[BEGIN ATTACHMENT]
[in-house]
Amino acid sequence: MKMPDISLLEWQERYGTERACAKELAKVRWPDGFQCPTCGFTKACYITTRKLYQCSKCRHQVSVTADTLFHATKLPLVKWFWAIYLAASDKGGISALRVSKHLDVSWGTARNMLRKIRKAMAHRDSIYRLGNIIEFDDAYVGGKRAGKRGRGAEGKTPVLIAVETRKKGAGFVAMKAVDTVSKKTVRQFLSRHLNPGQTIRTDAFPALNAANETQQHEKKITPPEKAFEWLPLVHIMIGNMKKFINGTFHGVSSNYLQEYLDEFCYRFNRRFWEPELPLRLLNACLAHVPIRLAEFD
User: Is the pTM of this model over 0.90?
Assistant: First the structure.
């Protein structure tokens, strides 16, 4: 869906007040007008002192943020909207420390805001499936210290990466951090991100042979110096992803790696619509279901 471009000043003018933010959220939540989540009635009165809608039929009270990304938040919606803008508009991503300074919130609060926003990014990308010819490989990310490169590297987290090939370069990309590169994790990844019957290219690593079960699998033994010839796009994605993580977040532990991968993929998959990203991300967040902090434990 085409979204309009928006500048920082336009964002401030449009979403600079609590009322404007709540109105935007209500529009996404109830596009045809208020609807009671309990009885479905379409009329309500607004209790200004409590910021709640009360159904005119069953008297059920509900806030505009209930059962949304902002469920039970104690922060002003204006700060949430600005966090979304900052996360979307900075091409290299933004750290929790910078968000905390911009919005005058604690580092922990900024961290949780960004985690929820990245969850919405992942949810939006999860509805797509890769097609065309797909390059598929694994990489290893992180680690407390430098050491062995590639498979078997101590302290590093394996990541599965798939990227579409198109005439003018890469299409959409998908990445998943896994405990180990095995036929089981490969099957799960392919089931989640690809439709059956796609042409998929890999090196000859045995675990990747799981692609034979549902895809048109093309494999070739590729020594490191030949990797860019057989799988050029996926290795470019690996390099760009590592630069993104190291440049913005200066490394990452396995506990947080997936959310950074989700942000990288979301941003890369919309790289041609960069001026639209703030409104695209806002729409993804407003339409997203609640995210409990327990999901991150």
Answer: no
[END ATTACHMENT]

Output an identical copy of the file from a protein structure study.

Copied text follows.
[in-house]
Amino acid sequence: MKMPDISLLEWQERYGTERACAKELAKVRWPDGFQCPTCGFTKACYITTRKLYQCSKCRHQVSVTADTLFHATKLPLVKWFWAIYLAASDKGGISALRVSKHLDVSWGTARNMLRKIRKAMAHRDSIYRLGNIIEFDDAYVGGKRAGKRGRGAEGKTPVLIAVETRKKGAGFVAMKAVDTVSKKTVRQFLSRHLNPGQTIRTDAFPALNAANETQQHEKKITPPEKAFEWLPLVHIMIGNMKKFINGTFHGVSSNYLQEYLDEFCYRFNRRFWEPELPLRLLNACLAHVPIRLAEFD
User: Is the pTM of this model over 0.90?
Assistant: First the structure.
């Protein structure tokens, strides 16, 4: 869906007040007008002192943020909207420390805001499936210290990466951090991100042979110096992803790696619509279901 471009000043003018933010959220939540989540009635009165809608039929009270990304938040919606803008508009991503300074919130609060926003990014990308010819490989990310490169590297987290090939370069990309590169994790990844019957290219690593079960699998033994010839796009994605993580977040532990991968993929998959990203991300967040902090434990 085409979204309009928006500048920082336009964002401030449009979403600079609590009322404007709540109105935007209500529009996404109830596009045809208020609807009671309990009885479905379409009329309500607004209790200004409590910021709640009360159904005119069953008297059920509900806030505009209930059962949304902002469920039970104690922060002003204006700060949430600005966090979304900052996360979307900075091409290299933004750290929790910078968000905390911009919005005058604690580092922990900024961290949780960004985690929820990245969850919405992942949810939006999860509805797509890769097609065309797909390059598929694994990489290893992180680690407390430098050491062995590639498979078997101590302290590093394996990541599965798939990227579409198109005439003018890469299409959409998908990445998943896994405990180990095995036929089981490969099957799960392919089931989640690809439709059956796609042409998929890999090196000859045995675990990747799981692609034979549902895809048109093309494999070739590729020594490191030949990797860019057989799988050029996926290795470019690996390099760009590592630069993104190291440049913005200066490394990452396995506990947080997936959310950074989700942000990288979301941003890369919309790289041609960069001026639209703030409104695209806002729409993804407003339409997203609640995210409990327990999901991150």
Answer: no